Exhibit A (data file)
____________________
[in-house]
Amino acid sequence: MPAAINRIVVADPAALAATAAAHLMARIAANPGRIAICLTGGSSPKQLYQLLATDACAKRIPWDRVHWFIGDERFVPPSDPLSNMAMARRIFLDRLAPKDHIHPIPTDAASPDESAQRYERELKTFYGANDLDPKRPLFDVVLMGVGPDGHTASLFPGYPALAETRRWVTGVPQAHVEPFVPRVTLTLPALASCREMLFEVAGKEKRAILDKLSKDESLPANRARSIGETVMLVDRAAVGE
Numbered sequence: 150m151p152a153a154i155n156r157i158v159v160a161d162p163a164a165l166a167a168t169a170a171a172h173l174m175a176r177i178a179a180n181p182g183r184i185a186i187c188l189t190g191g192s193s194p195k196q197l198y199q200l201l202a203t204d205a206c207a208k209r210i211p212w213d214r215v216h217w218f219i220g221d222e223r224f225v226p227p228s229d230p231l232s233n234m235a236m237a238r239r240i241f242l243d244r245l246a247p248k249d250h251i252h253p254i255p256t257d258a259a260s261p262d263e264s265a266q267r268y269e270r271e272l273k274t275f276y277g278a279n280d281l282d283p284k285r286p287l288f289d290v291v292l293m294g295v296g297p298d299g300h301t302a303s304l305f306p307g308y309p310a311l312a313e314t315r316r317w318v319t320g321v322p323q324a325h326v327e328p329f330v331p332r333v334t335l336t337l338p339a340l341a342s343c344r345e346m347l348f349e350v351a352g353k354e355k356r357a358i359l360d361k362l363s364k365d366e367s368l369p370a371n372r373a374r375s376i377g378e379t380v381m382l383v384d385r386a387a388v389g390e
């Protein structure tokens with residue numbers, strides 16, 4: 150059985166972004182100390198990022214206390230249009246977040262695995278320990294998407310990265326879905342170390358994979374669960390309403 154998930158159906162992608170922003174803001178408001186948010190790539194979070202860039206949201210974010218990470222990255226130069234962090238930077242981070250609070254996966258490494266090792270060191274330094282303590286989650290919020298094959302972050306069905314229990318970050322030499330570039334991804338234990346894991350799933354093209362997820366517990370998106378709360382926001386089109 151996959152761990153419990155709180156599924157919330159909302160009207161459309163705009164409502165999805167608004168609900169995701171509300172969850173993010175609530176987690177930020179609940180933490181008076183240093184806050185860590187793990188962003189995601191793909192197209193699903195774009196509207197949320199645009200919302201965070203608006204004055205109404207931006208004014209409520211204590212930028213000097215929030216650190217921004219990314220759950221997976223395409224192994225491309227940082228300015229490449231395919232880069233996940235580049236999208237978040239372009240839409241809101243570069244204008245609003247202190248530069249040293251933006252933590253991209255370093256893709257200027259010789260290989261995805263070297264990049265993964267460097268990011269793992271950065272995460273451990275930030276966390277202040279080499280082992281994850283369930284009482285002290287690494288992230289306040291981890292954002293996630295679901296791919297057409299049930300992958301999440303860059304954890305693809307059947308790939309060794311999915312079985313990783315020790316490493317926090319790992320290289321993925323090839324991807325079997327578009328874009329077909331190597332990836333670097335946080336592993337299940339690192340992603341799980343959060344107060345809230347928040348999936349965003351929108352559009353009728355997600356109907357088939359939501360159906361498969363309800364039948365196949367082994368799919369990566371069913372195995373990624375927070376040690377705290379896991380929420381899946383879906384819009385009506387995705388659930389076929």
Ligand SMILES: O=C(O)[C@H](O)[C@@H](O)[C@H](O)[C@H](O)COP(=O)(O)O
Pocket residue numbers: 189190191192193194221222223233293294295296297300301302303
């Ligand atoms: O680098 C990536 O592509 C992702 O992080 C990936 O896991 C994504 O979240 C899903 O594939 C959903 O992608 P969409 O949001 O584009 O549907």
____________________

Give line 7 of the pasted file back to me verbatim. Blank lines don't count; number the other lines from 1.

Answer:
């Ligand atoms: O680098 C990536 O592509 C992702 O992080 C990936 O896991 C994504 O979240 C899903 O594939 C959903 O992608 P969409 O949001 O584009 O549907």